The US Air Force’s new F-15EX Eagle II aircraft launched missiles from their new weapon stations, known as Stations 1 and 9, flying locally over the Gulf of Mexico late last year.
Revealed just now, the operational flight program combined test force mission was the first Air Force test flight to validate the weapons could be fired effectively and safely from those stations.
The service said the successful employment of these weapons is a major step in demonstrating the Eagle II aircraft’s missile capacity of 12 air-to-air missiles.
The 96th Test Wing’s pilots fired an AIM-120 Advanced Medium-Range Air-to-Air Missile from Station 1 and an AIM-9X from Station 9 over the Eglin Test and Training Complex’s water range.
“I’m really proud to be a part of this milestone for the F-15EX program to deliver increased payload capacity to the combat air forces,” said Maj. Jeremy Schnurbusch, 40th FLTS-attached pilot, who fired the AIM-9X missile.
This is one of many upgrades F-15EX brings to the Air Force inventory. Prior to the F-15EX Eagle II, F-15 aircraft models could carry eight air-to-air missiles. The F-15EX Eagle II adds four additional missile stations located toward the wing tips. This mission provided the first test points for validating the expanded carriage and employment capabilities of the Eagle II.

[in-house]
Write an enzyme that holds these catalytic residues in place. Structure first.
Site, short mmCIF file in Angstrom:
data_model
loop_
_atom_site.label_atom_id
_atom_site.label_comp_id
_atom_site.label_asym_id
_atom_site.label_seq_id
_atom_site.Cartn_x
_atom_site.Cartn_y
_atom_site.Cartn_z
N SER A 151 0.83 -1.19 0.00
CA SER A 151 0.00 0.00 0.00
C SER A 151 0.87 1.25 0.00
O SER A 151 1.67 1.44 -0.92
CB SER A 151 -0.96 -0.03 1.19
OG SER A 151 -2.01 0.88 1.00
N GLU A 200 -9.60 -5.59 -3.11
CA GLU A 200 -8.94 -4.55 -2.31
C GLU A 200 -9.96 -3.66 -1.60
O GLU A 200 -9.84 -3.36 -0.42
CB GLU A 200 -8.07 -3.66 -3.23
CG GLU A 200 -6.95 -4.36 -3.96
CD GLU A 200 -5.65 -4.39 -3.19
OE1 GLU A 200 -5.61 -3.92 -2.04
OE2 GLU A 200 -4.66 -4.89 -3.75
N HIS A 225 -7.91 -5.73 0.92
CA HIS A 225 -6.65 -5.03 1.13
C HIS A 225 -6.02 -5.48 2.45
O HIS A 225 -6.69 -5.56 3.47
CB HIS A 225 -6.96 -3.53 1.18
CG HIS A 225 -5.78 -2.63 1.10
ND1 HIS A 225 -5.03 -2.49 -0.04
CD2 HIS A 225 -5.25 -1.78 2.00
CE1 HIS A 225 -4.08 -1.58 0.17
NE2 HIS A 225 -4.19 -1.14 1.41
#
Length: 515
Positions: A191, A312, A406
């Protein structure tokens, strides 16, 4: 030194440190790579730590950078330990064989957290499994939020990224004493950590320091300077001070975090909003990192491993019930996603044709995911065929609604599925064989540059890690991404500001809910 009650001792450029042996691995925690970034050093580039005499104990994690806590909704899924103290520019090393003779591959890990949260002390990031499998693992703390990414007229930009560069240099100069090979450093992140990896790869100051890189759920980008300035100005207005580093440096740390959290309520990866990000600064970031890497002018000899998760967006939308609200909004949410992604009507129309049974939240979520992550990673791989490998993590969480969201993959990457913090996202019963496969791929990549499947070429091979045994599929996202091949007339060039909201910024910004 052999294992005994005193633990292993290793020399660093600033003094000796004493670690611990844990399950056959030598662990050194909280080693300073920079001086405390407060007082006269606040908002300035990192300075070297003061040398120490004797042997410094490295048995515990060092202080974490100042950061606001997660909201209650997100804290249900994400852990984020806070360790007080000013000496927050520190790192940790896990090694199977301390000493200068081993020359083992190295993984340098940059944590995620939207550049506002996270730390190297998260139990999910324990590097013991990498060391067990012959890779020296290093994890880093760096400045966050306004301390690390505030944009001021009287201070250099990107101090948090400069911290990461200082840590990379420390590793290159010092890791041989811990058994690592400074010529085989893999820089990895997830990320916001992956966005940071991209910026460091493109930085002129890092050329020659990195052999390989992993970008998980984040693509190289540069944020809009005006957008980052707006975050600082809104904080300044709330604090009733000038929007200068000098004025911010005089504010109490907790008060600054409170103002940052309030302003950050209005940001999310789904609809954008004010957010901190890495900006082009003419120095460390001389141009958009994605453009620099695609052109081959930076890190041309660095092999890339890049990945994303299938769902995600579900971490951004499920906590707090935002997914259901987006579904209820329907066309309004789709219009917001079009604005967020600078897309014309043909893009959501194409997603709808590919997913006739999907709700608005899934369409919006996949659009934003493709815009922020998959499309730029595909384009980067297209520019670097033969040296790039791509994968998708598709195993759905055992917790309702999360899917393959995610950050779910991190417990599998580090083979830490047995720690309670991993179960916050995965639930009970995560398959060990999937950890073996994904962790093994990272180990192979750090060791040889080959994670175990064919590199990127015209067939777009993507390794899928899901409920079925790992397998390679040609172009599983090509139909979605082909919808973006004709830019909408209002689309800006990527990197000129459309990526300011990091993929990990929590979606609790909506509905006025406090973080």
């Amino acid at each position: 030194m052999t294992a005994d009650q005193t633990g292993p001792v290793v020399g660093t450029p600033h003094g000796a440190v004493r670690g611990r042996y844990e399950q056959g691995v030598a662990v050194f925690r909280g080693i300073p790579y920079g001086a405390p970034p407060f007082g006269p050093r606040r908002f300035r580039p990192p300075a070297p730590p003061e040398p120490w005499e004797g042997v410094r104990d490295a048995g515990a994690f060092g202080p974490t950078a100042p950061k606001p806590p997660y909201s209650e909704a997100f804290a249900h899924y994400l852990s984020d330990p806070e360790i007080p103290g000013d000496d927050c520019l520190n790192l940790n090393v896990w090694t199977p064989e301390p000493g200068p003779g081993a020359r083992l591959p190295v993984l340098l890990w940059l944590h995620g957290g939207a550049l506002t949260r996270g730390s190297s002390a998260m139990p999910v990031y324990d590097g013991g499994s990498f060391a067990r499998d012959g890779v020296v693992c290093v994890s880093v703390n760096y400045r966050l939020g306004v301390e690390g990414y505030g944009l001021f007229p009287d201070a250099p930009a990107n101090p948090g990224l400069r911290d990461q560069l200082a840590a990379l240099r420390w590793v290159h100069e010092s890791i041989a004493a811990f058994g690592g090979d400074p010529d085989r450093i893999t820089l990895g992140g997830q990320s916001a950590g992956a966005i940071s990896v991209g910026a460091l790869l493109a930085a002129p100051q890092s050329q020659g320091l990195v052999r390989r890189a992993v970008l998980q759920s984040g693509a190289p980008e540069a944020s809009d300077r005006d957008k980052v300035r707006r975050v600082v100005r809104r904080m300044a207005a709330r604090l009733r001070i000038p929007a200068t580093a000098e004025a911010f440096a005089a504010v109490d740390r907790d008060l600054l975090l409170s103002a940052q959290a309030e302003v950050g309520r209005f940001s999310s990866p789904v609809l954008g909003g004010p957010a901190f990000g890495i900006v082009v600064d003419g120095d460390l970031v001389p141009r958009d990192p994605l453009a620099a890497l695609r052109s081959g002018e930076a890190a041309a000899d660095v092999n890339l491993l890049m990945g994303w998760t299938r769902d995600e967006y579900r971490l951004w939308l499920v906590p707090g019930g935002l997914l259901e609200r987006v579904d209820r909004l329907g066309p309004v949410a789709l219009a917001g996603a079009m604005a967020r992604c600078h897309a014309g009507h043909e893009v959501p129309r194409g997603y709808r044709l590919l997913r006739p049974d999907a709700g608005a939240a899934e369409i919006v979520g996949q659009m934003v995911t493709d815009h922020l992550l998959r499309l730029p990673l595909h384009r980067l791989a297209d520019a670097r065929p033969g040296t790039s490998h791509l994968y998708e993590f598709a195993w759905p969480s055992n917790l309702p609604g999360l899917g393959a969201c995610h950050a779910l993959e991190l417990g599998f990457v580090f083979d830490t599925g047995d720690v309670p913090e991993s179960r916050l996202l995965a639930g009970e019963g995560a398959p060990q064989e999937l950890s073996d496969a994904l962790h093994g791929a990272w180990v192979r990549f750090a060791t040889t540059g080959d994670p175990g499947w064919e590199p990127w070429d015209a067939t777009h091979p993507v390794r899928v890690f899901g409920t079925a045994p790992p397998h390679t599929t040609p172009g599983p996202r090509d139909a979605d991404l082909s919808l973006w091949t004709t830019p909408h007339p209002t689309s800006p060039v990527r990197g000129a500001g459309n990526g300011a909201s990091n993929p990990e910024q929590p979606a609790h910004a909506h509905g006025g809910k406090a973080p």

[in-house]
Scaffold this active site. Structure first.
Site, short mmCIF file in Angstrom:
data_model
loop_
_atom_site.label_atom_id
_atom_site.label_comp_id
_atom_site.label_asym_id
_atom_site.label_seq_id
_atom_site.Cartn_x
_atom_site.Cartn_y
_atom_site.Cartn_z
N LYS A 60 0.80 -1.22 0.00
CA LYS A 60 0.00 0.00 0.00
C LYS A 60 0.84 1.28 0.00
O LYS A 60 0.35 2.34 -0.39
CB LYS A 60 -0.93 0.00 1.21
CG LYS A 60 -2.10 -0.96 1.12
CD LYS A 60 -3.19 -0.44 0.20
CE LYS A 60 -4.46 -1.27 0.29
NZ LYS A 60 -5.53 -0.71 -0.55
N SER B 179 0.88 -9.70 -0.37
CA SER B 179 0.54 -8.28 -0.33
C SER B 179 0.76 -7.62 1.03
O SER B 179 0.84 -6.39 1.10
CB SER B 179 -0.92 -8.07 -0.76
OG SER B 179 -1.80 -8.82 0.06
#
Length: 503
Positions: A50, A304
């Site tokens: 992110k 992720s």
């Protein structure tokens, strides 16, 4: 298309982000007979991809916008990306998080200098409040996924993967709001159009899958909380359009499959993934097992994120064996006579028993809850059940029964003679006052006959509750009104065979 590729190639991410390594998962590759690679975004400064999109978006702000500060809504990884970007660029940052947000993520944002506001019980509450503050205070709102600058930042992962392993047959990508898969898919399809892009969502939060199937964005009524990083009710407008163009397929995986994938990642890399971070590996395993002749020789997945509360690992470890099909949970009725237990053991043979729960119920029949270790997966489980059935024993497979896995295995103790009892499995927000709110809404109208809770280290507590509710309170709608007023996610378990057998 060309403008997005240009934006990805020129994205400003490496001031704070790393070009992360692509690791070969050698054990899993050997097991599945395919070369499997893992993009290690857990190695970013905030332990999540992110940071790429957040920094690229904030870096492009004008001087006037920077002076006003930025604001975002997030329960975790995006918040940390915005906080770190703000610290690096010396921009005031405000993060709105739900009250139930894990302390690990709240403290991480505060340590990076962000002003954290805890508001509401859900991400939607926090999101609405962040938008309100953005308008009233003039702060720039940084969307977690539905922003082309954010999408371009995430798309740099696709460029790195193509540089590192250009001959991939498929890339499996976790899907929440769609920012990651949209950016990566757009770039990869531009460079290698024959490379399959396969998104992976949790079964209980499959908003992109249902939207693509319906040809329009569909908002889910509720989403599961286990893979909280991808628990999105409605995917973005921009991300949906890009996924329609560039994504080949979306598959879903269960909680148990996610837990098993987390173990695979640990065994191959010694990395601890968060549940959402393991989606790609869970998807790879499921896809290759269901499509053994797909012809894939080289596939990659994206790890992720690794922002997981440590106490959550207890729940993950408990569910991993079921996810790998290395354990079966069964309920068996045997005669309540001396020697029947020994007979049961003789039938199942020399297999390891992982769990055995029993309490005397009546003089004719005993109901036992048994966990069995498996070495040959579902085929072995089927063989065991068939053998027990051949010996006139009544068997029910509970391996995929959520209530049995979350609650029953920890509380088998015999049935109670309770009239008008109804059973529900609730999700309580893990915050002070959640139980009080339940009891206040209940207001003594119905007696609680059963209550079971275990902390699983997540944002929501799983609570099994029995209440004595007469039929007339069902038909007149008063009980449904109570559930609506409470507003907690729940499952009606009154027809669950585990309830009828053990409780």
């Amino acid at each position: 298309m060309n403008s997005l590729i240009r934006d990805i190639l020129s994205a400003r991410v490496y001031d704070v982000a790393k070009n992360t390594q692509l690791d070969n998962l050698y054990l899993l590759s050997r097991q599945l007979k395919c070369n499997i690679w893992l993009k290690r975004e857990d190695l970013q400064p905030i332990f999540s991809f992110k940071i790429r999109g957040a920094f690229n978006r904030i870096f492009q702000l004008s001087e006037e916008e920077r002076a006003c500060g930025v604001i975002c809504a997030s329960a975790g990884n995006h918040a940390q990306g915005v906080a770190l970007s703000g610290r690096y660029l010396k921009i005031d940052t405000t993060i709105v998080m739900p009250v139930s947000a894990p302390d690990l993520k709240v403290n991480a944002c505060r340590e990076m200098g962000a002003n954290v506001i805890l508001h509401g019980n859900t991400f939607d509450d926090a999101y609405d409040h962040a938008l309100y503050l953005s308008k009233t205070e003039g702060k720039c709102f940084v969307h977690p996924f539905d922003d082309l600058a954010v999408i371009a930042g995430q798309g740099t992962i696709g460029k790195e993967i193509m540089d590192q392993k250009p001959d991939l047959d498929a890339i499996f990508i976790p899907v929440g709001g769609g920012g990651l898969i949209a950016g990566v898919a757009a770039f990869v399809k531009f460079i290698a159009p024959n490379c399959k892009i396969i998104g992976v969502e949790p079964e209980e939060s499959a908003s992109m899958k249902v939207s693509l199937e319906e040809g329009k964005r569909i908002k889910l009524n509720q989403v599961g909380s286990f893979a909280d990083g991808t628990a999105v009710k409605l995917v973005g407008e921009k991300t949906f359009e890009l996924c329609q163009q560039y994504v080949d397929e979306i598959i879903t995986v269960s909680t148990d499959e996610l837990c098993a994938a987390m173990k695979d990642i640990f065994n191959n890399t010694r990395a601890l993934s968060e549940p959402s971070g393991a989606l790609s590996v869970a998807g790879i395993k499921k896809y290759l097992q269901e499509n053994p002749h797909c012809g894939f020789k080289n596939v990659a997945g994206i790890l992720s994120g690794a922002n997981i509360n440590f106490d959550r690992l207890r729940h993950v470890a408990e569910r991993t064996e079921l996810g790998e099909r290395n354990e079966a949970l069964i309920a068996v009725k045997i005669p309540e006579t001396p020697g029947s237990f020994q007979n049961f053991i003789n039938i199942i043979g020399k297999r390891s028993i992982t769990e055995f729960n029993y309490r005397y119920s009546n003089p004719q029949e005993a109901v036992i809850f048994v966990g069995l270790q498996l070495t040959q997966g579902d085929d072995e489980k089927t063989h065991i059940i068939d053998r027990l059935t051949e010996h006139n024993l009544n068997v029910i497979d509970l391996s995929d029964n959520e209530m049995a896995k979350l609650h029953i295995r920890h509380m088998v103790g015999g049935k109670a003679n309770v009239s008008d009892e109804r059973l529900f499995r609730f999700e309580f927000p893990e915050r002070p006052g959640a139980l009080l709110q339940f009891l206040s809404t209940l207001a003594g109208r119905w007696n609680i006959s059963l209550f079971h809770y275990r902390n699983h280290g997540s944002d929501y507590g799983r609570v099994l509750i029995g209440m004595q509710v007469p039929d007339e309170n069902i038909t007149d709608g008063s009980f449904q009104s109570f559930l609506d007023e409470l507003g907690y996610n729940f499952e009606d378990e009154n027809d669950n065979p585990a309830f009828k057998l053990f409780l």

Both aircraft successfully released the missiles on separate passes against a target drone. The releases were another milestone in the F-15EX’s developmental test program, but also incorporated many operational test objectives during the mission.
“Having been a part of the Eglin F-15EX team from day one, it’s exciting to see the progress made and new milestones achieved as we work to field the most combat-capable F-15EX,” said Maj. Brett Hughes, OFP CTF, who successfully fired the AIM-120 from Station 1.
“The integrated test strategy has been critical to our test success, allowing us to break the mold of traditional testing, ultimately resulting in a better overall product for the warfighter in a shorter timeline than a traditional approach,” said Colton Myers, OFP CTF F‑15EX test project manager.
Once initial testing is complete, operational units receiving the new F-15EX will be able to carry and employ a full load-out of 12 missiles on the aircraft upon fielding.